Jodan Coriza, USA
Fei Li, USA/China
Blessy Man, Hong Kong
Lucie Mandeville, Canada
Juana Adcock, UK/Mexico
Annie Charland-Thibodeau, Canada
Tina Engels, USA
Josee Pedneaut, Canada
Tianyu Qiu, USA/China
Lara Zankoul, Lebanon
Rachel Crummey, Canada
Annette Elliot, USA
Kristen Heuschen, Germany
Emily Jay, USA
Yoonjung Kim, South Korea
Colette Krogol & Mathew Reeves, USA
Daun Lim, South Korea
Caitlyn Main, USA
Friederike Meinecke, Germany
Sara Pathirane & Kristina Sedlerova, Finland
Katrine Sloth, Denmark
Lisa-Marie Vilestra, Holland
Ilyn Wong, USA
Hyojung Ahn, South Korea
My first impression about Toffia was that it has a very picturesque and organic feature, which is distinctive from any other city I have ever visited and lived. Even though Toffia was felt like being made of drapes of its history and nature, ironically I found the metaphor from the urban construction sites that I found around the town. By using the graphic and material sources from the street of Toffia, I tried to make a connection between the real space and the artwork. The configuration of the work is of the found objects and the video, which finally works as changeable three dimensional drawings.
Saskia Bannasch, Germany
I am engaged in the topic of space, the known and the unknown. I am interested in the relation between space, time and body. From my point of view, the three components are related to each other and they create the volume of space. The decisive factor of my inquiry is not only the visible existence. In fact, I am fascinated by emptiness, which makes me aware of blurred tracks. I approach the whole extent of space just as I approach the little space inside a space. I use drawing to get a general idea of a room/ area/region in a two-dimensional way. Later fractions of my drawings become, again, part of my work as »transcripts«. Chance plays a role in this, as well. I bring out what I experience and tie it in with the observation, continuing to perceive these things. The outcome of this examination is a new perception of the space through a site-specific installation.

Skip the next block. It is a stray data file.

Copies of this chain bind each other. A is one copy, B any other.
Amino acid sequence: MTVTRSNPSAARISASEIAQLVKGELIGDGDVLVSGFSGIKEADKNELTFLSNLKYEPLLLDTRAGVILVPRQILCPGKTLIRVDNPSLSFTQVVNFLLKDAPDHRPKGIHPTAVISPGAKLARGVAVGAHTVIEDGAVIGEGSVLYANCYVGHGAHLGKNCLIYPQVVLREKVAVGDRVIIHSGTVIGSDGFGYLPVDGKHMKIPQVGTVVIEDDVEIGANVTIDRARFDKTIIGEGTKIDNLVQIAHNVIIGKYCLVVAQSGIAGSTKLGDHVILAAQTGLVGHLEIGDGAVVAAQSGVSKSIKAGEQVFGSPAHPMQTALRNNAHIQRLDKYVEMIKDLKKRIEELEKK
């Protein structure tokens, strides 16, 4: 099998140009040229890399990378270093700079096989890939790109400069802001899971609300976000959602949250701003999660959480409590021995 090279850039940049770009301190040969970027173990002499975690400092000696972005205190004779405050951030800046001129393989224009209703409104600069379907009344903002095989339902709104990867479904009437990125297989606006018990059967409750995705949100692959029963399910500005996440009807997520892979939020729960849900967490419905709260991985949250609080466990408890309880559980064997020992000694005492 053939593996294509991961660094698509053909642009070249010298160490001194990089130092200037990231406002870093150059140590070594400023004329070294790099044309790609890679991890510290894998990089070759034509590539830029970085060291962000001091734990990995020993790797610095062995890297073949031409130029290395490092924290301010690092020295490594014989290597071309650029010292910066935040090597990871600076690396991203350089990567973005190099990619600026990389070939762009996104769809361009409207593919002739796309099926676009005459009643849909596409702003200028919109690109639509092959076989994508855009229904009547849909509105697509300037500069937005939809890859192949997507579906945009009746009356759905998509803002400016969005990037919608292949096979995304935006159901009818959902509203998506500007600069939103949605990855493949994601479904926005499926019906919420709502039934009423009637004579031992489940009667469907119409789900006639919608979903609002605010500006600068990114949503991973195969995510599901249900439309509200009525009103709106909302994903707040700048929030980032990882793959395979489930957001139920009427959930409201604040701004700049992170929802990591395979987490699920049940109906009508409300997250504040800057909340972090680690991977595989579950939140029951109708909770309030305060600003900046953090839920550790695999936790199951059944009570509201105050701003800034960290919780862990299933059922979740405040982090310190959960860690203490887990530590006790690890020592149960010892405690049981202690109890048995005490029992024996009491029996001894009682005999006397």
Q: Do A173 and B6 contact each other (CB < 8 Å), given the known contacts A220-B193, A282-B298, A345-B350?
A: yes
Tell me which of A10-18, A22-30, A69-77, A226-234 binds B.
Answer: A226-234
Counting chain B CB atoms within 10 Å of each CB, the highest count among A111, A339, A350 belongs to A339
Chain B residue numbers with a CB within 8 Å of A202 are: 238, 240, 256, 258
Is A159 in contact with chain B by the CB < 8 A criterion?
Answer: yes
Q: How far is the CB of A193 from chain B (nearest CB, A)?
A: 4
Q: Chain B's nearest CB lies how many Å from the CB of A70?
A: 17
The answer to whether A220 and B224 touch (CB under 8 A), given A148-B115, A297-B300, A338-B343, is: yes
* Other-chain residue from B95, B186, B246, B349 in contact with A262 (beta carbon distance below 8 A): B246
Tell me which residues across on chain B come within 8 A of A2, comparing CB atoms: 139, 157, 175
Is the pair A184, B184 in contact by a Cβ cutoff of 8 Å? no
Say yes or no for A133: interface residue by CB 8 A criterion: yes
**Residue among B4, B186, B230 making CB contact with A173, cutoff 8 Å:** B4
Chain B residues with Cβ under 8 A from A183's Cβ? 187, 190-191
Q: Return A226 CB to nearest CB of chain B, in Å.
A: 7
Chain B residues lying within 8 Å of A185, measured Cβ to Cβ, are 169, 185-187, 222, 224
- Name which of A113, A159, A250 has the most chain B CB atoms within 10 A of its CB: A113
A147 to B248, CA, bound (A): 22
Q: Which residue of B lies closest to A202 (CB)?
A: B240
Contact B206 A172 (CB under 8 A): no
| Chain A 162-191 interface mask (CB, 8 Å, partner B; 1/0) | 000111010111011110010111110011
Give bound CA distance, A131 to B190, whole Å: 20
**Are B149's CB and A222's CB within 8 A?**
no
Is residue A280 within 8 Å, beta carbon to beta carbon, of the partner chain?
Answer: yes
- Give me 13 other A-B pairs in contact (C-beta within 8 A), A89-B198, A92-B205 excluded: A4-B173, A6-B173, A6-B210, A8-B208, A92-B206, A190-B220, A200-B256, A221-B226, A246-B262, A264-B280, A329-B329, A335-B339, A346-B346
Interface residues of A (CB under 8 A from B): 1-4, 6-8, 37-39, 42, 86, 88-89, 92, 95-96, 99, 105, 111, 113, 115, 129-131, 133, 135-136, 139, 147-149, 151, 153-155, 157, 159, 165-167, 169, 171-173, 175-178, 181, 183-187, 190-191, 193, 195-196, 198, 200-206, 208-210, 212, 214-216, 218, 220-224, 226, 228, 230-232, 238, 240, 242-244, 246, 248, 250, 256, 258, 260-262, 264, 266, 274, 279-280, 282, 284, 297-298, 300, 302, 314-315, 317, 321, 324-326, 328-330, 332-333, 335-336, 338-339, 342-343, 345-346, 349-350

»How much space needs the present III«, 2014. fabric. dark-brownish bar. side-specific installation
I deal with the hidden space, with the secret and still visible space. The folding. If I unfold something its size increases, the surface grows. The folding is full of hope and mystery. The »thing« stays a secret until the folds are straightened. In the exhibition space there is a mural painting from a 13th century church. The painting shows saints wearing folded robes. The installation interacts with the old murals.